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Posters mentioning San Antonio have probably never been to San Antonio. Seriously, people here speak English. Of course there are Spanish speakers but the vast majority speak English as their first language. The times I ever hear somebody speaking Spanish is occasionally when I'm at the mall and it's usually a tourist visiting from Mexico.

Funny side note. When I told my parents I had a job offer and was possibly moving to San Antonio two years ago, my dad told me I shouldn't take it because I'm not Hispanic and don't speak Spanish like everybody down here. Granted, he had never been to San Antonio until recently when I dragged him down to visit me. His point of view has definitely changed.
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Old 05-24-2013, 02:08 PM
 
Location: Up on the moon laughing down on you
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Quote:
Originally Posted by usuario View Post
All of San Antonio?
No. Mainly the west and south sides.

Working for the census there were entire areas with people who answered the door and could not speak English. Some most probably were playing possum but generally, no. They nevere learned English.

My first experience as a resident was strickingly different from a tourist. The dozens of times i visited i barely heard spanish. Went to a mcdonalds the first day i moved there and no one there spoke English.
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Old 05-24-2013, 02:43 PM
 
14,111 posts, read 22,750,552 times
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Quote:
Originally Posted by &heart View Post
Posters mentioning San Antonio have probably never been to San Antonio. Seriously, people here speak English. Of course there are Spanish speakers but the vast majority speak English as their first language. The times I ever hear somebody speaking Spanish is occasionally when I'm at the mall and it's usually a tourist visiting from Mexico.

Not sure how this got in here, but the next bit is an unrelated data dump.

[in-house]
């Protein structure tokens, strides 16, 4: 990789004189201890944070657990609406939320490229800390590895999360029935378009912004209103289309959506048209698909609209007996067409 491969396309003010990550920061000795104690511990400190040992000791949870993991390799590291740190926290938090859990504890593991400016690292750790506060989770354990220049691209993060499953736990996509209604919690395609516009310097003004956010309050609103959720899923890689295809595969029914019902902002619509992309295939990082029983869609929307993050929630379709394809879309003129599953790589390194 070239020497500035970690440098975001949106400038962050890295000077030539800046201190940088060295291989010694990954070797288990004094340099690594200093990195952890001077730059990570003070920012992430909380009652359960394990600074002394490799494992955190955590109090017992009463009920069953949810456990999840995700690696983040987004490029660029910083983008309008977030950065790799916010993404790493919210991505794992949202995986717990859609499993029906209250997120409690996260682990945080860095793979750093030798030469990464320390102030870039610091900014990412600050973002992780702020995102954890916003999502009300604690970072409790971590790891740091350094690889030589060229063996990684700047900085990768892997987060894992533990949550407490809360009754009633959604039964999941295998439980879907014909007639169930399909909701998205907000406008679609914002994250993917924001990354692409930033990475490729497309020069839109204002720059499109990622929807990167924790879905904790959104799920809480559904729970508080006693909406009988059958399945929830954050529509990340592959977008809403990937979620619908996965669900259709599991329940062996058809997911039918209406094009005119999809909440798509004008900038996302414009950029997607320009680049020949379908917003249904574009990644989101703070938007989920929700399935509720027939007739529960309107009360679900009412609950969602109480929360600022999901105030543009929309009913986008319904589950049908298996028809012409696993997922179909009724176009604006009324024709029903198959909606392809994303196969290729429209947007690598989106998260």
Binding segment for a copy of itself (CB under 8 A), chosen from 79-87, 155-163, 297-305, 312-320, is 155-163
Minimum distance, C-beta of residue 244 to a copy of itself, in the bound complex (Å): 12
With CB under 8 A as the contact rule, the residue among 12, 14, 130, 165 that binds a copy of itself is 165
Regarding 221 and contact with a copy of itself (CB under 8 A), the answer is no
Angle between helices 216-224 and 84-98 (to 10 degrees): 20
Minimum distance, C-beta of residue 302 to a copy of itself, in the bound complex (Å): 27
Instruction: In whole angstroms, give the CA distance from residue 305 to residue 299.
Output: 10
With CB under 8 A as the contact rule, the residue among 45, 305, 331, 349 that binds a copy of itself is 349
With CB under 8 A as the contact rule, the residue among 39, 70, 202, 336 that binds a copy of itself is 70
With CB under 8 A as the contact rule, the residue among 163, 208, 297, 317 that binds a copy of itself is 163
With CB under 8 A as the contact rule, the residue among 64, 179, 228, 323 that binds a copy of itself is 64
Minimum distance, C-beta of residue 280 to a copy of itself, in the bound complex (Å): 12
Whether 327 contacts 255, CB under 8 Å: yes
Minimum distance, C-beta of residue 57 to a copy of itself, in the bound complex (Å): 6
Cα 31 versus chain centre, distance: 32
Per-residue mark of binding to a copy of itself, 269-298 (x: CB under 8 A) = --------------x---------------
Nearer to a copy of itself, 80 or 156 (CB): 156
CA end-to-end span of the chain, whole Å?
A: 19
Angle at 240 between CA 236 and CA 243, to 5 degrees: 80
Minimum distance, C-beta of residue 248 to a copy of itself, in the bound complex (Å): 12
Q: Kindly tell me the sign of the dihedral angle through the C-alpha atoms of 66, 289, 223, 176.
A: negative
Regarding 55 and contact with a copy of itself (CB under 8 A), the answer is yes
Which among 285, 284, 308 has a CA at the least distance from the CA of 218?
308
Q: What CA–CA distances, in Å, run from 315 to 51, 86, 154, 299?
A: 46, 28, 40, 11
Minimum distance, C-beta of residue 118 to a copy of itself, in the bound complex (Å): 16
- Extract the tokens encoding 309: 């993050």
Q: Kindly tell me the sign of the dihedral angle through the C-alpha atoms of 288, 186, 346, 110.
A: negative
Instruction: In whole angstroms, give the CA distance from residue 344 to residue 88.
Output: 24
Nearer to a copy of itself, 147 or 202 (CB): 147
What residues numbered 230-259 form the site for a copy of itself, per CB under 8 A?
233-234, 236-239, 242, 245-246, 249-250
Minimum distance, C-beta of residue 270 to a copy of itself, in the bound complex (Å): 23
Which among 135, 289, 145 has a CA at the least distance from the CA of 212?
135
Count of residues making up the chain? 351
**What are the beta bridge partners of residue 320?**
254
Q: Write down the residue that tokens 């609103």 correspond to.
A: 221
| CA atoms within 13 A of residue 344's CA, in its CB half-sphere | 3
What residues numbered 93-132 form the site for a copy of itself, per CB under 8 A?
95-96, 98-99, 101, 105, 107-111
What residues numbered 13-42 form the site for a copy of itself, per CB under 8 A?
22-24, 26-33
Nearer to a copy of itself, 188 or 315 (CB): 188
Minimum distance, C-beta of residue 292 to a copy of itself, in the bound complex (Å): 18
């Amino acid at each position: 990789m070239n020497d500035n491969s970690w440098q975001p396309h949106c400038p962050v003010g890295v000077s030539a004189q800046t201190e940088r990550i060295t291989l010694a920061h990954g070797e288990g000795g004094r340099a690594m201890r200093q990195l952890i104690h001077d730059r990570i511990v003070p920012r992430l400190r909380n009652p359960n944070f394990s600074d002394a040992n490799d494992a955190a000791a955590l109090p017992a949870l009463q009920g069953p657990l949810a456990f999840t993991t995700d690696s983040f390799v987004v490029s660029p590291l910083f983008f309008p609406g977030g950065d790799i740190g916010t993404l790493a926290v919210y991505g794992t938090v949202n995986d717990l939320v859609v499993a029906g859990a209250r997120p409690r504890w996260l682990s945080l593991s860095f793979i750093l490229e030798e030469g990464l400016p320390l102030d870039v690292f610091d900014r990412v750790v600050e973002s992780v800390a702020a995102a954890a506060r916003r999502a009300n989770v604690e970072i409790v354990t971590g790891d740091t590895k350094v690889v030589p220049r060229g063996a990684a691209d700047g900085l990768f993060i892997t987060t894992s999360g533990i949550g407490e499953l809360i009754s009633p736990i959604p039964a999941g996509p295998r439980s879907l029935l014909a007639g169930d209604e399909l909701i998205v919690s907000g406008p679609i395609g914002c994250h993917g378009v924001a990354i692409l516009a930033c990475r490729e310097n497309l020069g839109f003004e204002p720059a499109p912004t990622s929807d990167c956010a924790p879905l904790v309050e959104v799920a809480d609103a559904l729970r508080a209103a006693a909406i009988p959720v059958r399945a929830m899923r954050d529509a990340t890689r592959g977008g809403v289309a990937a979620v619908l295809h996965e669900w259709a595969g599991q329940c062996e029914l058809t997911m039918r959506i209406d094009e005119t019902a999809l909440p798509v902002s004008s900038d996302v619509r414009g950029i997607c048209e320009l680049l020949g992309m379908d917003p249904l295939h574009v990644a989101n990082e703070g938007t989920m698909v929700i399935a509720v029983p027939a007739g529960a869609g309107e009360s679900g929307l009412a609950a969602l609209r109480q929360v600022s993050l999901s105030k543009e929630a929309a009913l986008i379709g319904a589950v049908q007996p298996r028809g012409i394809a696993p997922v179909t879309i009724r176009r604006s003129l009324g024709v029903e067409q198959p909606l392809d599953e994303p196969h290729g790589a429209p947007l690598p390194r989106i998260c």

Funny side note. When I told my parents I had a job offer and was possibly moving to San Antonio two years ago, my dad told me I shouldn't take it because I'm not Hispanic and don't speak Spanish like everybody down here. Granted, he had never been to San Antonio until recently when I dragged him down to visit me. His point of view has definitely changed.
Last time I was in SA, I met some Mexican-American chick from Houston who was in SA for vacay, and her cousins were with her, and they were from and still lived in Mexico. The girl spoke fluent English, but her cousins spoke broken English. Her cousin sure was fine. She kinda looked like Carmen from the George Lopez Show. Ironically, the girl who played Carmen isn't even Mexican or Hispanic for that matter.
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Old 05-24-2013, 02:56 PM
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Location: Long Island / NYC
45,986 posts, read 41,937,844 times
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Quote:
Originally Posted by SouthCali4LifeSD View Post
eschaton, touche, lol.